Rest assured, that’s a Bears “Da'” not a random way to start a beer commercial.
One of the most common Chicago debates is about steakhouses. It seems that almost everyone you ask will have a different favorite in the city, and that any given spot can inspire high praise or serious disdain depending on who you ask. I’ve heard plenty of people say that Gene and Georgetti’s is the best steakhouse of all time (“unique and homey”), and just as many say that it’s the worst (“if you’re not a regular, they couldn’t care less about you”). Because the steakhouses are fairly diverse in their approaches to cooking and (a little less so) their ambiance, this isn’t a big surprise. Given all of this, it’s important to weigh your own preferences when considering steakhouses.
For instance, I do not like particularly salty food, so Tavern on Rush does not quite do it for me. It can appeal to those who like a heavy-handed approach to salt. Also, I have had many colleagues over the years that sing the praises of The Capital Grille. However, my steaks there have tended to be ok, but seemed to ride on what I would consider to be fairly gimmicky sauces and rubs. I’m more interested in top-flight steak quality that doesn’t need the extra fluff to be delicious. However, I don’t mind having the option of adding a little flavor to a steak if needed. Some places that take good care in how they handle their steaks (like n9ne) do not give any extra flavor options. Others will specialize in seriously charring the steak (Morton’s) and others pretty much stick to prime rib (Lawry’s). Of course, none of this even takes into account the differences in atmosphere at these places. Plenty of steakhouses have the old dark wood look, while some of the newer ones have an ultra-modern style (n9ne).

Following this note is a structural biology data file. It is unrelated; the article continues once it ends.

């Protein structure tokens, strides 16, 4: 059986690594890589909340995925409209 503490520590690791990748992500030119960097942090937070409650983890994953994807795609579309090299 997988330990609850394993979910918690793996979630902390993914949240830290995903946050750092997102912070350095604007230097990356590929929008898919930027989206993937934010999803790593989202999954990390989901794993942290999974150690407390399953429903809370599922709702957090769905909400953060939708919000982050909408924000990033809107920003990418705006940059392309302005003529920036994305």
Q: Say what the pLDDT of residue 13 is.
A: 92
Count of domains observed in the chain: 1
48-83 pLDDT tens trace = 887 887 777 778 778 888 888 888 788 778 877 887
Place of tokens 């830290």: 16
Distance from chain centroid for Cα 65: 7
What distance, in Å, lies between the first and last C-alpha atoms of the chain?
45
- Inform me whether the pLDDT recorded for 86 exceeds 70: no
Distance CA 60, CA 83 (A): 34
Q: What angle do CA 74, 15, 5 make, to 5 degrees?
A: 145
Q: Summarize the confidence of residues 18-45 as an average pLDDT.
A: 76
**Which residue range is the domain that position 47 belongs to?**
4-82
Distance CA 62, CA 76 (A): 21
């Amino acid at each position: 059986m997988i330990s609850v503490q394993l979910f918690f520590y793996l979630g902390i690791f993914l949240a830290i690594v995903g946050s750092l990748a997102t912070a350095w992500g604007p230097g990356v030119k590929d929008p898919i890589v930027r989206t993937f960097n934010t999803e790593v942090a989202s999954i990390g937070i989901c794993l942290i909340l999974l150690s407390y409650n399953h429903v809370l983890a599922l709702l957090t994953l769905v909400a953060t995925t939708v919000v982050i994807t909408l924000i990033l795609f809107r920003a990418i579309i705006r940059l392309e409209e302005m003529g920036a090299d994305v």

So, those last two paragraphs were just a really long-winded way to help explain why Primehouse is my go-to steakhouse in Chicago. Is the preparation of the steaks top-notch? Yes, in fact it’s probably the most thoughtful and unique aging process anywhere. The cuts are dry-aged (difficult and expensive) in a dedicated Himalayan aging salt room, and the aging process can go for a very long time. Steaks that are aged longer take on quite a bit of extra flavor and complexity. They even track the steaks from the actual animal to your plate and they all come from a particular genetic line. Is the seasoning appropriate? Yes, but in a roundabout way. The steaks are flavorful enough on their own (thanks to the aging process) and don’t require much seasoning at all. However, if you want some sort of a sauce to go with your steak, that’s not a problem, too. For a truly over-the-top experience, get a blue cheese sauce.
The atmosphere at Primehouse is like a modernized version of the classic steakhouse and the unique menu items and steak preparations fit along with the profile. For me, it is a very comfortable dining experience. They also do a very good job with the sides and desserts. The selections are more interesting than in most traditional steakhouses. In short, there is a lot to like about Primehouse given my preferences for steak dining.
So, what’s the kicker? I’m a huge fan of value (maybe a cheapskate), and the Primehouse SHAKENSteak lunch is the best steak deal I have ever been privy to. Given my history of daily special tracking and coupon clipping, that’s pretty remarkable. So, if you are a fan of truly excellent meat and an innovative (by steakhouse standards, which tend to be a bit stodgy) menu, Primehouse is the way to go in Chicago.